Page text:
Some Hackers Boldly Plan To Launch Their Own Satellites Into Space To Combat Future Internet Censorships

Internets = Parody motivator.

Image via Wikipedia

HowStuffWorks pointed out that the Internet became a reality was due to space race.  It was the Russians who launched Sputnik into space which prompted the Americans to form Advanced Research Projects Agency in 1958. ARPA was then formed ARPANET.  HowStuffWorks claimed without ARPANET, the Internet wouldn’t look and behave as how it’s today.  If the facts are true as how HowStuffWorks described in its article How did the Internet start? — we can somewhat come to a conclusion that the Internet was intentionally wired the way it had been wired.  This knowledge gives rise to some of us today that we could have also wired the Internet differently if we wanted to, right?  Perhaps, we might never know if the wiring of the Internet was different would be a bad thing, or it might be something even better than what we have now (i.e., today Internet).

Recently, SOPA creates worries for geeks and technical folks out there.  They fear the current Internet might become something much worse if SOPA gets pass soon.  SOPA was a reason why I’d mentioned in my other SOPA articles that smart and technical knowhow folks might create their own Internets if they so wish to not be affected by a post SOPA Internet era.  Today, I stumbled onto the article Hackers Said to be Planning to Launch Own Satellites to Combat Censorship, and I wasn’t surprised to see somebody else was already had a plan for the idea of creating a new Internet.  Since we know Internet was started by a satellite, therefore these hackers might be on the right track.  Perhaps, these hackers might even come up with new ways to create newer version of Internets without requiring of satellites.  You never know!  It does feel like once a hornet nest is poked, there isn’t a going back.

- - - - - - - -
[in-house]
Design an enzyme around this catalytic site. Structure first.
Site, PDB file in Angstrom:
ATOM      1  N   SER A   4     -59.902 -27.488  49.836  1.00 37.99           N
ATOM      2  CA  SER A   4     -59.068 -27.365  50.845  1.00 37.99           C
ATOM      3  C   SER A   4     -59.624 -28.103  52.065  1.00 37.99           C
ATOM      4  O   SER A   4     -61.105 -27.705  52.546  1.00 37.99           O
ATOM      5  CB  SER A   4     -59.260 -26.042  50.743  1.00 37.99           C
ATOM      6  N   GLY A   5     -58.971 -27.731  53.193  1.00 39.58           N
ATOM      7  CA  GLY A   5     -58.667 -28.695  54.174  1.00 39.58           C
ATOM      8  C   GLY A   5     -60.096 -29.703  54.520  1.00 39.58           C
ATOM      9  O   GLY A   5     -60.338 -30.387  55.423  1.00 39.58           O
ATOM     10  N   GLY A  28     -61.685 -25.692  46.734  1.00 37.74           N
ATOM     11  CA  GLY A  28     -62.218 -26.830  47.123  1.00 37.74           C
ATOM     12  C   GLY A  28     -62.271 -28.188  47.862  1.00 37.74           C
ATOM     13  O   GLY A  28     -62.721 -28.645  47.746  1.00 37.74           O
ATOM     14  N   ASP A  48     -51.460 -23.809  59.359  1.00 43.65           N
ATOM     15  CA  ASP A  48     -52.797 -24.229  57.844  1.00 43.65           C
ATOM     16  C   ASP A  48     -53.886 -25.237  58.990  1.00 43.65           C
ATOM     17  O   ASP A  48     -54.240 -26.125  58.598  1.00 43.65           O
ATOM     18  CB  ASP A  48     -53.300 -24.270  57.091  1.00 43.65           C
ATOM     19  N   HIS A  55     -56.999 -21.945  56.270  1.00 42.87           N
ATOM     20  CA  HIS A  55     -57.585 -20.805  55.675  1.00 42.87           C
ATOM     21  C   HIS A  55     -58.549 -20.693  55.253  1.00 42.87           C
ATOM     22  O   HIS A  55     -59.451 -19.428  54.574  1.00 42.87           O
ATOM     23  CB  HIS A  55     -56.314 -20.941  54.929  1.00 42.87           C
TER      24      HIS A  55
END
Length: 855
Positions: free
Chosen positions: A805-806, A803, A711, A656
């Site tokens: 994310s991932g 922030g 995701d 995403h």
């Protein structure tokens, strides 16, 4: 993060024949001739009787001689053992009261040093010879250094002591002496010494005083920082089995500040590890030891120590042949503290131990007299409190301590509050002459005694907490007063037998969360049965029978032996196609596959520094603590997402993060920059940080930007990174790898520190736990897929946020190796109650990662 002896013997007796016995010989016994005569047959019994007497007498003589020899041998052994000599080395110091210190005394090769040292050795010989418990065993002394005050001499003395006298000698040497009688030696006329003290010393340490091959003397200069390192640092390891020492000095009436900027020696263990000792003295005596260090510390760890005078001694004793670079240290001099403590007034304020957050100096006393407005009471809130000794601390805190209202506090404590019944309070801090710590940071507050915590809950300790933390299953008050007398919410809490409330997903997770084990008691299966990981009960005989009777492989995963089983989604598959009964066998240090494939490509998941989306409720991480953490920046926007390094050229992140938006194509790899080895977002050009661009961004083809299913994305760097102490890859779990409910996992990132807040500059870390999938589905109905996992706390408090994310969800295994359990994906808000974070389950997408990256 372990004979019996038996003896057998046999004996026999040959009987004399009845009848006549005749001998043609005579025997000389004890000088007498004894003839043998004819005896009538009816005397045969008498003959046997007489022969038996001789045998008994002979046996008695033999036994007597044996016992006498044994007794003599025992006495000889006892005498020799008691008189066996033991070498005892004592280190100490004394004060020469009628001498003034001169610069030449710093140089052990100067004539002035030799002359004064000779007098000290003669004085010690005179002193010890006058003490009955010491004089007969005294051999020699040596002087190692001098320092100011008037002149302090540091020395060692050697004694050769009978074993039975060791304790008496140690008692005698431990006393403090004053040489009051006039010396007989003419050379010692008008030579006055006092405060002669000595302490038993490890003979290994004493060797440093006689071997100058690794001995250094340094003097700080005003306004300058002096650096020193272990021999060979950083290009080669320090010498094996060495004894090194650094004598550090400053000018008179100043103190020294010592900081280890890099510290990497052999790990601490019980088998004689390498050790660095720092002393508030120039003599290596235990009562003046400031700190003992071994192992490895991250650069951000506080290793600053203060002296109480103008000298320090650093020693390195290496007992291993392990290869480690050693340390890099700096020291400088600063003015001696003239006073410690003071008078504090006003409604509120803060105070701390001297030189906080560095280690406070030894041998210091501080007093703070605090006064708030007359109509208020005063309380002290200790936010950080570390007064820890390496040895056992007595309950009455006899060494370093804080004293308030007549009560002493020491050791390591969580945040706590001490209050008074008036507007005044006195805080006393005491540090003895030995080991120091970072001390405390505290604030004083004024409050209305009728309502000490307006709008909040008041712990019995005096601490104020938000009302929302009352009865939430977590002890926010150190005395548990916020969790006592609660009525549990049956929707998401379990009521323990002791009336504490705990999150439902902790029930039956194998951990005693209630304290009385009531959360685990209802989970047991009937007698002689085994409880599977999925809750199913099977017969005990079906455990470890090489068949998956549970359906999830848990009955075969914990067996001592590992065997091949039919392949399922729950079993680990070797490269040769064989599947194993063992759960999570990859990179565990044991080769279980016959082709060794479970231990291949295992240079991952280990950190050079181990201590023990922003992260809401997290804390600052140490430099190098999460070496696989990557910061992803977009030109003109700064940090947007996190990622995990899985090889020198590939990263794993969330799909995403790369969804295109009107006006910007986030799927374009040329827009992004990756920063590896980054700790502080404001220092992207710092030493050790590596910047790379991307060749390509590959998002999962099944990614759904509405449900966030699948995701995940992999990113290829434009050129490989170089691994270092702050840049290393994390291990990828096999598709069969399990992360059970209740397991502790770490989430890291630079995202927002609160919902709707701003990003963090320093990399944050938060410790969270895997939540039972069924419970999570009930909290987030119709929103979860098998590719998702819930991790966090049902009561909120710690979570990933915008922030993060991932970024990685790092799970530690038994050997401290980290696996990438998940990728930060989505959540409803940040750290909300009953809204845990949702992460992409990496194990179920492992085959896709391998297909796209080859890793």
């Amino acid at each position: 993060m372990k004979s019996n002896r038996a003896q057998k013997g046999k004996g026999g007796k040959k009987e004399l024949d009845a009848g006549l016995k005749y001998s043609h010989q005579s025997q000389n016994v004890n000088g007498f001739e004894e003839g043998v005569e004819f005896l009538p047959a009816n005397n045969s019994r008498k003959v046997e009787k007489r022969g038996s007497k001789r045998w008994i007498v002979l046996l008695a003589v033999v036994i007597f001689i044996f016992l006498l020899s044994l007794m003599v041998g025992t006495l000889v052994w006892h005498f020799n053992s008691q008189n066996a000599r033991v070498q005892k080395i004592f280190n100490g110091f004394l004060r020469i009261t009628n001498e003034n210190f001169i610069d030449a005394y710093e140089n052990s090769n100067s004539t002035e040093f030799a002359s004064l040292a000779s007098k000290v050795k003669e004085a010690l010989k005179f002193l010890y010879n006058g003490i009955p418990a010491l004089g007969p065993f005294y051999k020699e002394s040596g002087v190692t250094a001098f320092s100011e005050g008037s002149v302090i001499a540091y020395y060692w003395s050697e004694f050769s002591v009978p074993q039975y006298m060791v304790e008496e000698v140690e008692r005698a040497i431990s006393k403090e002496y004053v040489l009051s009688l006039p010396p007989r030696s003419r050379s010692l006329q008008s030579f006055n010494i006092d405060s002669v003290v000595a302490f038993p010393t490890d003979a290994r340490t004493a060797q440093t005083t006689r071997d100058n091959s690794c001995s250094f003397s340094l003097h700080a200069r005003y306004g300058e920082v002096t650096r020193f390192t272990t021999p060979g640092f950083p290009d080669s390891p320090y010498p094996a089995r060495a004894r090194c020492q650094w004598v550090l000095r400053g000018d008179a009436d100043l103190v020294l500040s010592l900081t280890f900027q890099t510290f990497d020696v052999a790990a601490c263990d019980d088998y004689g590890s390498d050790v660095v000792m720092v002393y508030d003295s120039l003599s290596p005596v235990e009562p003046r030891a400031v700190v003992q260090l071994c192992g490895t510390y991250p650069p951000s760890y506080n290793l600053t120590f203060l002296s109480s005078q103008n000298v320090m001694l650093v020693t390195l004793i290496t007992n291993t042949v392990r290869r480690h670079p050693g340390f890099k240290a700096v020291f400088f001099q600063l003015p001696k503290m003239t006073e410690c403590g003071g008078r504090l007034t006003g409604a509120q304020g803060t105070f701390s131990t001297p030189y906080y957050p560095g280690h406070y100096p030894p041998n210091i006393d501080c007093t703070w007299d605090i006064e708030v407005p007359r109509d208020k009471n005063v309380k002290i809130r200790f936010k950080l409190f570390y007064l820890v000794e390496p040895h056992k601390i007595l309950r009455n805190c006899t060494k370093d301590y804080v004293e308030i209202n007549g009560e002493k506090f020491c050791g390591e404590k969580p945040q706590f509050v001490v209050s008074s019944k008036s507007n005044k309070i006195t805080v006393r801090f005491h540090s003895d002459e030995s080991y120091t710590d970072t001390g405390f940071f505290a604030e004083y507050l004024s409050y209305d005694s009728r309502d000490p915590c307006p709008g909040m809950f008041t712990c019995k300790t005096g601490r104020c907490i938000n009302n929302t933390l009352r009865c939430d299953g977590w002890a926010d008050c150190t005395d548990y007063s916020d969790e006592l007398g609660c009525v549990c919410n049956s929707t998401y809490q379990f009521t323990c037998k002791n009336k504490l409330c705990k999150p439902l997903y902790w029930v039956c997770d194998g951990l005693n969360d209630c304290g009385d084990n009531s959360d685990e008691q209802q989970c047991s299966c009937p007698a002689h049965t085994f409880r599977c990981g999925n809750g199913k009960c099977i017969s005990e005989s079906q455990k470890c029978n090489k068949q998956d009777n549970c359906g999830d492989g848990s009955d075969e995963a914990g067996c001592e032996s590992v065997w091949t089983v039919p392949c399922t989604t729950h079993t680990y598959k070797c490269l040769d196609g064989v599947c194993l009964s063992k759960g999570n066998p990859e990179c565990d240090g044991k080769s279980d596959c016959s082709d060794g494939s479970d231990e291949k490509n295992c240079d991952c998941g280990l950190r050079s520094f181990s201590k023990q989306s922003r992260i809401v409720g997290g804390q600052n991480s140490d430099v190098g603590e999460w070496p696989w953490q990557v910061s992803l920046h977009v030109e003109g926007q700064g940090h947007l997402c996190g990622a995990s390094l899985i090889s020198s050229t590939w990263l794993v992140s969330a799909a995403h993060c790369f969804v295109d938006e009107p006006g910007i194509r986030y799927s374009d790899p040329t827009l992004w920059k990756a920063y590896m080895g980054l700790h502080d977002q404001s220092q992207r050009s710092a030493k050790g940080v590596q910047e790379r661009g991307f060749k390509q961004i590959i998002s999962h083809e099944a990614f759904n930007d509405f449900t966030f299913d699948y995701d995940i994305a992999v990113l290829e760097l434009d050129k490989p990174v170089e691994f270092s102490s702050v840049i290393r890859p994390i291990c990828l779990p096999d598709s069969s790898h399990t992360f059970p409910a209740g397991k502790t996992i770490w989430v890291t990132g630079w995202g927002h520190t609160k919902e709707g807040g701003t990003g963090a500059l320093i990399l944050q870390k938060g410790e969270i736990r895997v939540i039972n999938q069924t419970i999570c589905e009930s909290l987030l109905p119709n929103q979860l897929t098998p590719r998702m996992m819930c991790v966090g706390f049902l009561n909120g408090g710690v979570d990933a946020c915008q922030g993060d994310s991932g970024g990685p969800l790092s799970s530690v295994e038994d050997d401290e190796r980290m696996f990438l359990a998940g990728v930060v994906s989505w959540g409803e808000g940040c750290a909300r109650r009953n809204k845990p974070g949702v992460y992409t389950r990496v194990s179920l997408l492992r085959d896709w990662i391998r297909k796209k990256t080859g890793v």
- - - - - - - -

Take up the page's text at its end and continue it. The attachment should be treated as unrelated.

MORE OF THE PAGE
I sure hope the folks who support SOPA by now know that besides the integrity of the Internet structures, there is also the belief in the spirit of the Internet.  The spirit of the Internet is embodied by countless Internet users, and the majority of them believe the Internet should not be a draconian reality (relatively speaking a reality of a digital world of course).  Of course, it’s understandable stealing is bad.  So, I’m not arguing that downloading contents without permissions is bad, but I’m arguing that the approach to stomp out piracy should not be draconic and vague.  When a blanket approach such as SOPA is to be passed as a way to stop online piracy, it isn’t requiring a rocket scientist to figure out that any party with more money, influences, and power might be able to force another party to go out of business even though such a party might not violate the rules and regulations that govern by SOPA.

I think if the governments of the world are naively rolling out more vague/blanket rules and regulations to regulate the current Internet, they might find themselves not only have to regulate one Internet but many more Internets.  Also, they might have to find new rules and regulations to explain to their dear citizens why they have to even create new rules and regulations to regulate the particular Internets.  Will they come out a law that ban people from forming their own Internets?  I wonder how people will react to such a law.  I’m also curious, if there are more than one Internets, would it be a bad thing or a good thing for e-commerce?



Ghost in the Wires Describes Riveting Details Of A Legendary Hacker Kevin Mitnick

Kevin Mitnick

Image by Vítor Baptista via Flickr

Kevin Mitnick was a man who had witnessed his reputation preceded him in ways that he could not have ever imagined.  His past reputation was so prolific in unbelievable manner which had myths built higher in stack, and the myths were about how he had stolen software worth more than $300 million, secrets from covert agencies, and much more.  In fact, he was more of a hacker who had taken the challenges to hack into various phone companies and big tech companies, and the successful penetrations of their servers and networks would most likely be his greatest trophies.  Instead of selling his trophies of source codes of various software he had siphoned away from various well known corporations, he kept them as proofs for how he had hacked into what thought to be digital fortresses.